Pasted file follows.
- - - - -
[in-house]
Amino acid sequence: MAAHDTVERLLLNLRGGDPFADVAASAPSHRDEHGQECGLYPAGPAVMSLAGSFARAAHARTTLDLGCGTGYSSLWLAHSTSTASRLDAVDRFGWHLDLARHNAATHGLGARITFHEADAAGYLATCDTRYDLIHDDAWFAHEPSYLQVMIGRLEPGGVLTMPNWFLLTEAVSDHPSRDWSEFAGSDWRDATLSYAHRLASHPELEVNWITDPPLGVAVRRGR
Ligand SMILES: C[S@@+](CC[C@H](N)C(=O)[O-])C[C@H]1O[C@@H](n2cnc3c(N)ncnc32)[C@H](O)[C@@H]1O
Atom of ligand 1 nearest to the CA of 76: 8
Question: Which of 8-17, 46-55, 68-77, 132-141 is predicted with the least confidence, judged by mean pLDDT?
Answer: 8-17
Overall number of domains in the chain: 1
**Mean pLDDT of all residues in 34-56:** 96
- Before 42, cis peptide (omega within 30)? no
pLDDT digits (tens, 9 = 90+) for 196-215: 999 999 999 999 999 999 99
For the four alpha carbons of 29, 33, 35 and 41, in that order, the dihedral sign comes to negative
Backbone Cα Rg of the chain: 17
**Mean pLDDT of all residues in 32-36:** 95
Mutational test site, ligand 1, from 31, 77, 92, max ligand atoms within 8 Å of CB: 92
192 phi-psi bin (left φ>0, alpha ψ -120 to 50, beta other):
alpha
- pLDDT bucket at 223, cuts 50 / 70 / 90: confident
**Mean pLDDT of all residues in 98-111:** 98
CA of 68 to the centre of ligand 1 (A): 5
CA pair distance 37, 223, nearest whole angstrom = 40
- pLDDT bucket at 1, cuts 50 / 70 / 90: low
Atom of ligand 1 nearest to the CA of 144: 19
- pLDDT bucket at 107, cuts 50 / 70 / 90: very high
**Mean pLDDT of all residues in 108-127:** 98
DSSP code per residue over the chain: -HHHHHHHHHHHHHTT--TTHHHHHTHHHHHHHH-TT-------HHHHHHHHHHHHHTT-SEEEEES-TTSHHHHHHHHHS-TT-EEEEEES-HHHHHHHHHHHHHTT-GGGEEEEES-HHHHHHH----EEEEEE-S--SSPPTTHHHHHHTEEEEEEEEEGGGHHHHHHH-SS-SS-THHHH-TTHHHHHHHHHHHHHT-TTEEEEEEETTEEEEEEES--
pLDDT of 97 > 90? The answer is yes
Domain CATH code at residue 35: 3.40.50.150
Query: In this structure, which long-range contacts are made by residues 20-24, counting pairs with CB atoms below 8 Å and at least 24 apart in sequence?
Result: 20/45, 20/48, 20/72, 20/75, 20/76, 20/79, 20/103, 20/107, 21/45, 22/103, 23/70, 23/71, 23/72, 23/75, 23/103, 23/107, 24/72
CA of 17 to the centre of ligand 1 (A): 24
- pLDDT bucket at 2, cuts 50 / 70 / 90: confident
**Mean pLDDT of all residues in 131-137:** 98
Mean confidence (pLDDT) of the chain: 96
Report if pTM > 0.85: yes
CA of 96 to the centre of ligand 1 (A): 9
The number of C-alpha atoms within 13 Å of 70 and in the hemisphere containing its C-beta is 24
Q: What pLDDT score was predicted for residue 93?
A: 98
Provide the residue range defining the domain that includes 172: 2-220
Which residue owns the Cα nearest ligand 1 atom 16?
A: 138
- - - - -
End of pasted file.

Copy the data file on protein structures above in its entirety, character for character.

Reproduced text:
[in-house]
Amino acid sequence: MAAHDTVERLLLNLRGGDPFADVAASAPSHRDEHGQECGLYPAGPAVMSLAGSFARAAHARTTLDLGCGTGYSSLWLAHSTSTASRLDAVDRFGWHLDLARHNAATHGLGARITFHEADAAGYLATCDTRYDLIHDDAWFAHEPSYLQVMIGRLEPGGVLTMPNWFLLTEAVSDHPSRDWSEFAGSDWRDATLSYAHRLASHPELEVNWITDPPLGVAVRRGR
Ligand SMILES: C[S@@+](CC[C@H](N)C(=O)[O-])C[C@H]1O[C@@H](n2cnc3c(N)ncnc32)[C@H](O)[C@@H]1O
Atom of ligand 1 nearest to the CA of 76: 8
Question: Which of 8-17, 46-55, 68-77, 132-141 is predicted with the least confidence, judged by mean pLDDT?
Answer: 8-17
Overall number of domains in the chain: 1
**Mean pLDDT of all residues in 34-56:** 96
- Before 42, cis peptide (omega within 30)? no
pLDDT digits (tens, 9 = 90+) for 196-215: 999 999 999 999 999 999 99
For the four alpha carbons of 29, 33, 35 and 41, in that order, the dihedral sign comes to negative
Backbone Cα Rg of the chain: 17
**Mean pLDDT of all residues in 32-36:** 95
Mutational test site, ligand 1, from 31, 77, 92, max ligand atoms within 8 Å of CB: 92
192 phi-psi bin (left φ>0, alpha ψ -120 to 50, beta other):
alpha
- pLDDT bucket at 223, cuts 50 / 70 / 90: confident
**Mean pLDDT of all residues in 98-111:** 98
CA of 68 to the centre of ligand 1 (A): 5
CA pair distance 37, 223, nearest whole angstrom = 40
- pLDDT bucket at 1, cuts 50 / 70 / 90: low
Atom of ligand 1 nearest to the CA of 144: 19
- pLDDT bucket at 107, cuts 50 / 70 / 90: very high
**Mean pLDDT of all residues in 108-127:** 98
DSSP code per residue over the chain: -HHHHHHHHHHHHHTT--TTHHHHHTHHHHHHHH-TT-------HHHHHHHHHHHHHTT-SEEEEES-TTSHHHHHHHHHS-TT-EEEEEES-HHHHHHHHHHHHHTT-GGGEEEEES-HHHHHHH----EEEEEE-S--SSPPTTHHHHHHTEEEEEEEEEGGGHHHHHHH-SS-SS-THHHH-TTHHHHHHHHHHHHHT-TTEEEEEEETTEEEEEEES--
pLDDT of 97 > 90? The answer is yes
Domain CATH code at residue 35: 3.40.50.150
Query: In this structure, which long-range contacts are made by residues 20-24, counting pairs with CB atoms below 8 Å and at least 24 apart in sequence?
Result: 20/45, 20/48, 20/72, 20/75, 20/76, 20/79, 20/103, 20/107, 21/45, 22/103, 23/70, 23/71, 23/72, 23/75, 23/103, 23/107, 24/72
CA of 17 to the centre of ligand 1 (A): 24
- pLDDT bucket at 2, cuts 50 / 70 / 90: confident
**Mean pLDDT of all residues in 131-137:** 98
Mean confidence (pLDDT) of the chain: 96
Report if pTM > 0.85: yes
CA of 96 to the centre of ligand 1 (A): 9
The number of C-alpha atoms within 13 Å of 70 and in the hemisphere containing its C-beta is 24
Q: What pLDDT score was predicted for residue 93?
A: 98
Provide the residue range defining the domain that includes 172: 2-220
Which residue owns the Cα nearest ligand 1 atom 16?
A: 138